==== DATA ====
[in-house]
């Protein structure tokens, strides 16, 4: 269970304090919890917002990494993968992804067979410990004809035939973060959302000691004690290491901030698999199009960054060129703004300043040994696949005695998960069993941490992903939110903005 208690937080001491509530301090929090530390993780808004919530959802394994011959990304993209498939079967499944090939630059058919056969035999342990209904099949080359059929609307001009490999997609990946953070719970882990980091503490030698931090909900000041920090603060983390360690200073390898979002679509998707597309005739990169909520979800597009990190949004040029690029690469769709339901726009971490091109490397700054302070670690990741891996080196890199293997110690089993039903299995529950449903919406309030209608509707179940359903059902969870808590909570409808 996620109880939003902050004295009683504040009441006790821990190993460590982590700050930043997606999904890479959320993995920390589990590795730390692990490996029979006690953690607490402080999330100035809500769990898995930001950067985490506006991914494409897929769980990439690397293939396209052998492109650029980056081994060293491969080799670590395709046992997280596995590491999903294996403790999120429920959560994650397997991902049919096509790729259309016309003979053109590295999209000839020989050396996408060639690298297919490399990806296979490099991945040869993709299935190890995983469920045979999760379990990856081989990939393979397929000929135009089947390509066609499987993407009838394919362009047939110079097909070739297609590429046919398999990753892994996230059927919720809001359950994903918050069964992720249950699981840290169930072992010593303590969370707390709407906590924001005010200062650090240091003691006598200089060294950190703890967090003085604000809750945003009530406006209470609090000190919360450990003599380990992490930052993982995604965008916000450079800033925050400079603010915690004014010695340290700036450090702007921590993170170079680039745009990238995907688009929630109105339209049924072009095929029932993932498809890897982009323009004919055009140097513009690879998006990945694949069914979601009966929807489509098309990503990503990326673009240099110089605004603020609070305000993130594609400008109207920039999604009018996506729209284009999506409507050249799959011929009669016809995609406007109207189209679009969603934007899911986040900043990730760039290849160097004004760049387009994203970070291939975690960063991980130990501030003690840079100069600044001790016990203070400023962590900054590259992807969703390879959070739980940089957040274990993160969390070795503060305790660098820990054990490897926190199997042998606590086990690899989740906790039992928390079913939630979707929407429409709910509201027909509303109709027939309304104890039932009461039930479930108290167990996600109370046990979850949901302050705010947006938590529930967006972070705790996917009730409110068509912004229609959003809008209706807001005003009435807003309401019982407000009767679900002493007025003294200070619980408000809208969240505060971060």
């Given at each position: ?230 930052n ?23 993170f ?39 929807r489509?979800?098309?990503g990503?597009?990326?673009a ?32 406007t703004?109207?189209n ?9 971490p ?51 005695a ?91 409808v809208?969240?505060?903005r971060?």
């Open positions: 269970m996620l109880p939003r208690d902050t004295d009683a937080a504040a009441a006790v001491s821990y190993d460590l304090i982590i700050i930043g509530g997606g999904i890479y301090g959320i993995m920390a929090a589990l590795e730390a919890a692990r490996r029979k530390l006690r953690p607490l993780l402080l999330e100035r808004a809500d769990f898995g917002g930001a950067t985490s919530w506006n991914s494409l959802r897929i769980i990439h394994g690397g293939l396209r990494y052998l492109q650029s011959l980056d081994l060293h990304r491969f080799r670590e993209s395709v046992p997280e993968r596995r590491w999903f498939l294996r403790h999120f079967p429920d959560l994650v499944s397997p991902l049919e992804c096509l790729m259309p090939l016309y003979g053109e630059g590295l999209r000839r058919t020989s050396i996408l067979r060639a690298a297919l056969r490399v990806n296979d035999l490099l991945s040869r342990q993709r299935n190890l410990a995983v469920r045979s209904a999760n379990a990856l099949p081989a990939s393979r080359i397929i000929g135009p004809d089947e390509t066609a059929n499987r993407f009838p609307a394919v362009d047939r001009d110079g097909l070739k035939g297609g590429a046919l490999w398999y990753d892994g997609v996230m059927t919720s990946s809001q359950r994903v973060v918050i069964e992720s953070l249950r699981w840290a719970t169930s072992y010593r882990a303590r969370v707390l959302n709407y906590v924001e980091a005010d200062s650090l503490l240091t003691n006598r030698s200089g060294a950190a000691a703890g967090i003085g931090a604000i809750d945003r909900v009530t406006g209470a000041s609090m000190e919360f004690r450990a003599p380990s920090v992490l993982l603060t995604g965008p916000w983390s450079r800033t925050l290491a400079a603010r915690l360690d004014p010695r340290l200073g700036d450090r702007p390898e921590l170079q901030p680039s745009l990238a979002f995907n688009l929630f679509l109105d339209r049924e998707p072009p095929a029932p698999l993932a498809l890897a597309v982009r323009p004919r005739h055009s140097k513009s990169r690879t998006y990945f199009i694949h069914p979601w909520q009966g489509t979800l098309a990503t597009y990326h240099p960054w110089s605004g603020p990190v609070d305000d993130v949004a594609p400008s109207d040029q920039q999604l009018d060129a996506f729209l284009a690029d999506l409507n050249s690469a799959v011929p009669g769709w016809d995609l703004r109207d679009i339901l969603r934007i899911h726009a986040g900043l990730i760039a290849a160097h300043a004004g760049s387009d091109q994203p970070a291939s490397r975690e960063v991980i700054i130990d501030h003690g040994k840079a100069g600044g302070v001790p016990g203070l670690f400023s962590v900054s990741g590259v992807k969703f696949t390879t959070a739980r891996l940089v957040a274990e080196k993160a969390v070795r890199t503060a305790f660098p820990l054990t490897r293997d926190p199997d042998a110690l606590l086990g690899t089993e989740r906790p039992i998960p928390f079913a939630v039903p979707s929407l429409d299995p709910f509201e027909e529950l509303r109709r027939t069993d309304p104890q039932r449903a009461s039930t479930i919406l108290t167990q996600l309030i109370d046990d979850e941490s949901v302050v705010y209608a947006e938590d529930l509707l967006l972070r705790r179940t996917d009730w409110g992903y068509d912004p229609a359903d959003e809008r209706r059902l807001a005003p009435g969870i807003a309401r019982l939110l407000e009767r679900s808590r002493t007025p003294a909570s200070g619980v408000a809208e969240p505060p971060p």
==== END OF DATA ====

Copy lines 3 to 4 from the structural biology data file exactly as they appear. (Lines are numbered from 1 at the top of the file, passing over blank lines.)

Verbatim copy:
């Given at each position: ?230 930052n ?23 993170f ?39 929807r489509?979800?098309?990503g990503?597009?990326?673009a ?32 406007t703004?109207?189209n ?9 971490p ?51 005695a ?91 409808v809208?969240?505060?903005r971060?």
């Open positions: 269970m996620l109880p939003r208690d902050t004295d009683a937080a504040a009441a006790v001491s821990y190993d460590l304090i982590i700050i930043g509530g997606g999904i890479y301090g959320i993995m920390a929090a589990l590795e730390a919890a692990r490996r029979k530390l006690r953690p607490l993780l402080l999330e100035r808004a809500d769990f898995g917002g930001a950067t985490s919530w506006n991914s494409l959802r897929i769980i990439h394994g690397g293939l396209r990494y052998l492109q650029s011959l980056d081994l060293h990304r491969f080799r670590e993209s395709v046992p997280e993968r596995r590491w999903f498939l294996r403790h999120f079967p429920d959560l994650v499944s397997p991902l049919e992804c096509l790729m259309p090939l016309y003979g053109e630059g590295l999209r000839r058919t020989s050396i996408l067979r060639a690298a297919l056969r490399v990806n296979d035999l490099l991945s040869r342990q993709r299935n190890l410990a995983v469920r045979s209904a999760n379990a990856l099949p081989a990939s393979r080359i397929i000929g135009p004809d089947e390509t066609a059929n499987r993407f009838p609307a394919v362009d047939r001009d110079g097909l070739k035939g297609g590429a046919l490999w398999y990753d892994g997609v996230m059927t919720s990946s809001q359950r994903v973060v918050i069964e992720s953070l249950r699981w840290a719970t169930s072992y010593r882990a303590r969370v707390l959302n709407y906590v924001e980091a005010d200062s650090l503490l240091t003691n006598r030698s200089g060294a950190a000691a703890g967090i003085g931090a604000i809750d945003r909900v009530t406006g209470a000041s609090m000190e919360f004690r450990a003599p380990s920090v992490l993982l603060t995604g965008p916000w983390s450079r800033t925050l290491a400079a603010r915690l360690d004014p010695r340290l200073g700036d450090r702007p390898e921590l170079q901030p680039s745009l990238a979002f995907n688009l929630f679509l109105d339209r049924e998707p072009p095929a029932p698999l993932a498809l890897a597309v982009r323009p004919r005739h055009s140097k513009s990169r690879t998006y990945f199009i694949h069914p979601w909520q009966g489509t979800l098309a990503t597009y990326h240099p960054w110089s605004g603020p990190v609070d305000d993130v949004a594609p400008s109207d040029q920039q999604l009018d060129a996506f729209l284009a690029d999506l409507n050249s690469a799959v011929p009669g769709w016809d995609l703004r109207d679009i339901l969603r934007i899911h726009a986040g900043l990730i760039a290849a160097h300043a004004g760049s387009d091109q994203p970070a291939s490397r975690e960063v991980i700054i130990d501030h003690g040994k840079a100069g600044g302070v001790p016990g203070l670690f400023s962590v900054s990741g590259v992807k969703f696949t390879t959070a739980r891996l940089v957040a274990e080196k993160a969390v070795r890199t503060a305790f660098p820990l054990t490897r293997d926190p199997d042998a110690l606590l086990g690899t089993e989740r906790p039992i998960p928390f079913a939630v039903p979707s929407l429409d299995p709910f509201e027909e529950l509303r109709r027939t069993d309304p104890q039932r449903a009461s039930t479930i919406l108290t167990q996600l309030i109370d046990d979850e941490s949901v302050v705010y209608a947006e938590d529930l509707l967006l972070r705790r179940t996917d009730w409110g992903y068509d912004p229609a359903d959003e809008r209706r059902l807001a005003p009435g969870i807003a309401r019982l939110l407000e009767r679900s808590r002493t007025p003294a909570s200070g619980v408000a809208e969240p505060p971060p």